First Impression Power

I had the pleasure of watching the movie “Working Girl” again recently.  It stars Melanie Griffith, Harrison Ford and Sigourney Weaver and tells the story of how a girl from the “wrong side of the tracks” succeeds in the pressurized world of big business.  I never tire of seeing this movie.  The plot, direction and acting are all first-rate, but I love it because of what it teaches us about the power of first impressions.  Melanie Griffith’s character knows that she must remake her New Jersey image in order to be accepted as a Manhattan professional.  So she does just that.  She changes her wardrobe, hairstyle, even her voice.  And what happens?  She is instantly welcomed into the high stakes world of mergers and acquisitions.  She knew instinctively that, in order for her ideas to be heard, she had to first “look the part.”  By making some simple adjustments in her outer image, she was given the opportunity to reveal her inner qualities. 

This movie illustrates beautifully what psychologists, communication experts and image consultants have been saying for years.  First impressions count!  Packaging is important, whether we’re considering a house, a product or a person.  We think what looks attractive or reliable from the outside must surely be on the inside.  We judge books by their covers; we buy houses based upon curb appeal and we take people at face value.  And they do the same to us!

I’ll agree with you that none of this seems fair.  People should be judged by their inner values and beliefs, but it is often the first impression that determines whether someone will stick around long enough for you to reveal those wonderful qualities.  Very few people will ever see those documents that define who you are, such as your resume, diploma or birth certificate.  Like it or not, it is often that first impression that determines your future, more than your professional achievements, family background or educational credentials.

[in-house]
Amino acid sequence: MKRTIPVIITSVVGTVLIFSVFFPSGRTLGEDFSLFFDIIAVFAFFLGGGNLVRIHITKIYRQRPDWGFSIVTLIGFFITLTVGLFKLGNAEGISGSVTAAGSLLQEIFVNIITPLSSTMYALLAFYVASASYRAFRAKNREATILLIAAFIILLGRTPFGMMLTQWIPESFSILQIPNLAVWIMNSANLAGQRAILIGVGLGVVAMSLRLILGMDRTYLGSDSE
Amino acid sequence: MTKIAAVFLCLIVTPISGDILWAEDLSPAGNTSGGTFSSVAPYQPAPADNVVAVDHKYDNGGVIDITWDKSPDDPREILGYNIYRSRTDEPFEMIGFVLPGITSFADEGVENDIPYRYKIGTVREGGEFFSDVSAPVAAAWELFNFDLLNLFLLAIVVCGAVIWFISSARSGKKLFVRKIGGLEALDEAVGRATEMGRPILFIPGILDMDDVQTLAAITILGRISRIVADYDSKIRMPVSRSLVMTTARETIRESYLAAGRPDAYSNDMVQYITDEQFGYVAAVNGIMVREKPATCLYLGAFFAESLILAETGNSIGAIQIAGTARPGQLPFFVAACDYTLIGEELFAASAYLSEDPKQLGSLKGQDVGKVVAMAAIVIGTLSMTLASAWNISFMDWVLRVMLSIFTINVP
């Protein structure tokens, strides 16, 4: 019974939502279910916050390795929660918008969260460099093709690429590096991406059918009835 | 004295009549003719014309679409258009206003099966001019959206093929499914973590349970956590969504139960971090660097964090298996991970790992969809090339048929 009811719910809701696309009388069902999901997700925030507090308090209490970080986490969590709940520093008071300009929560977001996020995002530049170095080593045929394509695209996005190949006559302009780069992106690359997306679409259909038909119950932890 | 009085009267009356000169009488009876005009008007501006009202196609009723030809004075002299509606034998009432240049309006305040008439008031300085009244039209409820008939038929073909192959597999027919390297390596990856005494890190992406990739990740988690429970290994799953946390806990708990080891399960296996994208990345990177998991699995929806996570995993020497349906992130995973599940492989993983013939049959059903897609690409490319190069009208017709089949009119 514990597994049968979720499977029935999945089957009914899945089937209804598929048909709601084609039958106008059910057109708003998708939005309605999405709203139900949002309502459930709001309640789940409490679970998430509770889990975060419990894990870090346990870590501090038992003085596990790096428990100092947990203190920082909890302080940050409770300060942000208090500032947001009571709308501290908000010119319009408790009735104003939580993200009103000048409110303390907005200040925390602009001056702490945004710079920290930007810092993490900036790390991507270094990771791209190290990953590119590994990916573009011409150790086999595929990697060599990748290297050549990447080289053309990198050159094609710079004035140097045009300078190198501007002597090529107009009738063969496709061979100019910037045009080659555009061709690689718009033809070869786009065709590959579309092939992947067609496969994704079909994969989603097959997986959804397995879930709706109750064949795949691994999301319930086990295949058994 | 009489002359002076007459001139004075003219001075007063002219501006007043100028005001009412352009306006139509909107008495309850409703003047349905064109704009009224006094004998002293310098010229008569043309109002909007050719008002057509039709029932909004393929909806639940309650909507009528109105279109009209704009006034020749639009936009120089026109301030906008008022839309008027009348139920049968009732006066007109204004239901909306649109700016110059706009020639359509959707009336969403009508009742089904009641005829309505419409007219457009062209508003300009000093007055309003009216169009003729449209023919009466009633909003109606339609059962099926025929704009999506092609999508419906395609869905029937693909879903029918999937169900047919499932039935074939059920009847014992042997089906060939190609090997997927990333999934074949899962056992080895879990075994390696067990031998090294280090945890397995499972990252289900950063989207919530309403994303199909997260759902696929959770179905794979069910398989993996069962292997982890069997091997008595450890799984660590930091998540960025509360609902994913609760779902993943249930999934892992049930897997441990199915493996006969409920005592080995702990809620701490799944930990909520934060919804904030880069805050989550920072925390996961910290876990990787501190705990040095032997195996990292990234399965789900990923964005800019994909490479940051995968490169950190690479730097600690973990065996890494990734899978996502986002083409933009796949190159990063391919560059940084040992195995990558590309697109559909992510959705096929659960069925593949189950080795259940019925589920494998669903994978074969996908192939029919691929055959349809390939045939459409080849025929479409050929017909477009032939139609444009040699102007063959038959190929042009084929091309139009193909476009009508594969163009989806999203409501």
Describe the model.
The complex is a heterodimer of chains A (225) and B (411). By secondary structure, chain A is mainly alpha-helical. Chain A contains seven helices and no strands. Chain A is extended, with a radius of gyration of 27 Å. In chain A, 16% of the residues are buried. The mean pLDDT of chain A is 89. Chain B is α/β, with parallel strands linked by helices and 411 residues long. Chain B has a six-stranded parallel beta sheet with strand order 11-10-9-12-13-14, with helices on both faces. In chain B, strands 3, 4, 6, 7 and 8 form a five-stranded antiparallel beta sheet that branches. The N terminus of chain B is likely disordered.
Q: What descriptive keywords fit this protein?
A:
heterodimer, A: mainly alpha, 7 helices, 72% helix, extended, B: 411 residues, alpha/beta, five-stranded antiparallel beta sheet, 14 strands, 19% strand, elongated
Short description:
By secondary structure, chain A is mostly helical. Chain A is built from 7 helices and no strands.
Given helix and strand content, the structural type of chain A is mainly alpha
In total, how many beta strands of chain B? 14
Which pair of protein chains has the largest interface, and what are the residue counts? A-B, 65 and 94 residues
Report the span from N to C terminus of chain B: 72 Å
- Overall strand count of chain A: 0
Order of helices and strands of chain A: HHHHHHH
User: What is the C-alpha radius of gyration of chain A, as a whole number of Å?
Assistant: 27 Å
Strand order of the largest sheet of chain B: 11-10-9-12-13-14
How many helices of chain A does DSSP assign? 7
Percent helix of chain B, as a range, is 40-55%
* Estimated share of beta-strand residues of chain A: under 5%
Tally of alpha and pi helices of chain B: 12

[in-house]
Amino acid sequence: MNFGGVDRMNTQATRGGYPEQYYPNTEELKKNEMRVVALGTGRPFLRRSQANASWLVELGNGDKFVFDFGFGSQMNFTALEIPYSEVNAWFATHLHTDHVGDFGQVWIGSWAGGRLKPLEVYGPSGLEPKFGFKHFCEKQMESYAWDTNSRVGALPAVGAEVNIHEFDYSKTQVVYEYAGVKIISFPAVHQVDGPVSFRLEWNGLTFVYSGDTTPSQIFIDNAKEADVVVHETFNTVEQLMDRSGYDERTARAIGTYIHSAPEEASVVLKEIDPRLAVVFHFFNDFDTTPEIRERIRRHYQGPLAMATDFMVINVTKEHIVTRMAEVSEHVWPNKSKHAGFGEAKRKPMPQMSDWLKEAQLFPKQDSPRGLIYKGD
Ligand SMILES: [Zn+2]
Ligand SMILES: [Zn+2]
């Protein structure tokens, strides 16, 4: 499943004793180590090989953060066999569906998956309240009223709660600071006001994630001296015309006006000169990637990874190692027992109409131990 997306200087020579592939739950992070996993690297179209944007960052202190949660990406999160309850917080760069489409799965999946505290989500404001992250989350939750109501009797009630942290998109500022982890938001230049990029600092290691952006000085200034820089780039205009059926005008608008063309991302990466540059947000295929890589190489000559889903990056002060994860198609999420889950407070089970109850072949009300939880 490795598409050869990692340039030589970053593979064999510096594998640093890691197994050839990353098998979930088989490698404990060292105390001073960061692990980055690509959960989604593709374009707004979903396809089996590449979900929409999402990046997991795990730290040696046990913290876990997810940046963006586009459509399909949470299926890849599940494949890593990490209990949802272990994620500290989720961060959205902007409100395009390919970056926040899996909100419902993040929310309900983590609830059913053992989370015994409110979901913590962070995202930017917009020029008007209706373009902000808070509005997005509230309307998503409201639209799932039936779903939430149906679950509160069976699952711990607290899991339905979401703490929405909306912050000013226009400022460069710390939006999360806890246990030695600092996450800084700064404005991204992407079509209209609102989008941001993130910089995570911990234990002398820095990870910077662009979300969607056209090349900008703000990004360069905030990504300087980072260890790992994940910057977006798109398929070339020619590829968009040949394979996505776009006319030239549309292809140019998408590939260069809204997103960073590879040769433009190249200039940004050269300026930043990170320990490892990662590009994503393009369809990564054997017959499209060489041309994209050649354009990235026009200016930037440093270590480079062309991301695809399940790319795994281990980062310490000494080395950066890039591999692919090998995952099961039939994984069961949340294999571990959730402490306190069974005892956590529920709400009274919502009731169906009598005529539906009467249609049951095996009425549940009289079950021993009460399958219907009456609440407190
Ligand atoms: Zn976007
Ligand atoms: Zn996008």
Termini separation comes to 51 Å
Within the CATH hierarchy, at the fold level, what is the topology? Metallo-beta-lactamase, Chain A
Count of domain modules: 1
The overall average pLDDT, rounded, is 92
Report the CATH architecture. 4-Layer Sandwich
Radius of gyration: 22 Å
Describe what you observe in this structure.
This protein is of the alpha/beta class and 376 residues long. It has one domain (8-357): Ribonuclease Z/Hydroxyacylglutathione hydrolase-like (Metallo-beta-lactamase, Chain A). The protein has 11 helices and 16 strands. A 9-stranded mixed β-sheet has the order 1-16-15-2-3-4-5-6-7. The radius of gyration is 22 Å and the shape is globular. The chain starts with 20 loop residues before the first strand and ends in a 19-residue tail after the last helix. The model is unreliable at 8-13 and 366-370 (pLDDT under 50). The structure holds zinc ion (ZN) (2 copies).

When you step into a room, people make subconscious decisions about you.  Within about thirty seconds, they’ve judged your economic and educational levels, your social position and your levels of sophistication and success.  And keep in mind that they’re basing those decisions purely upon what they see, i.e. your wardrobe, hairstyle, smile and posture.

After about four minutes, they’ve also made decisions about your trustworthiness, compassion, reliability, intelligence, capability, humility, friendliness and confidence.  At this point you’ve probably had the opportunity to speak, so they’re now taking into account the way your voice sounds, the content of what you say and how you say it.

Impressions are based upon instinct and emotion, not on rational thought or in-depth investigation.  They are the product of the associations we make between outward characteristics and the inner qualities we believe they reflect.  In other words, we filter everything we see and hear through our own experiences and biases and assign a stereotype to them.  First impressions are a kind of human shorthand.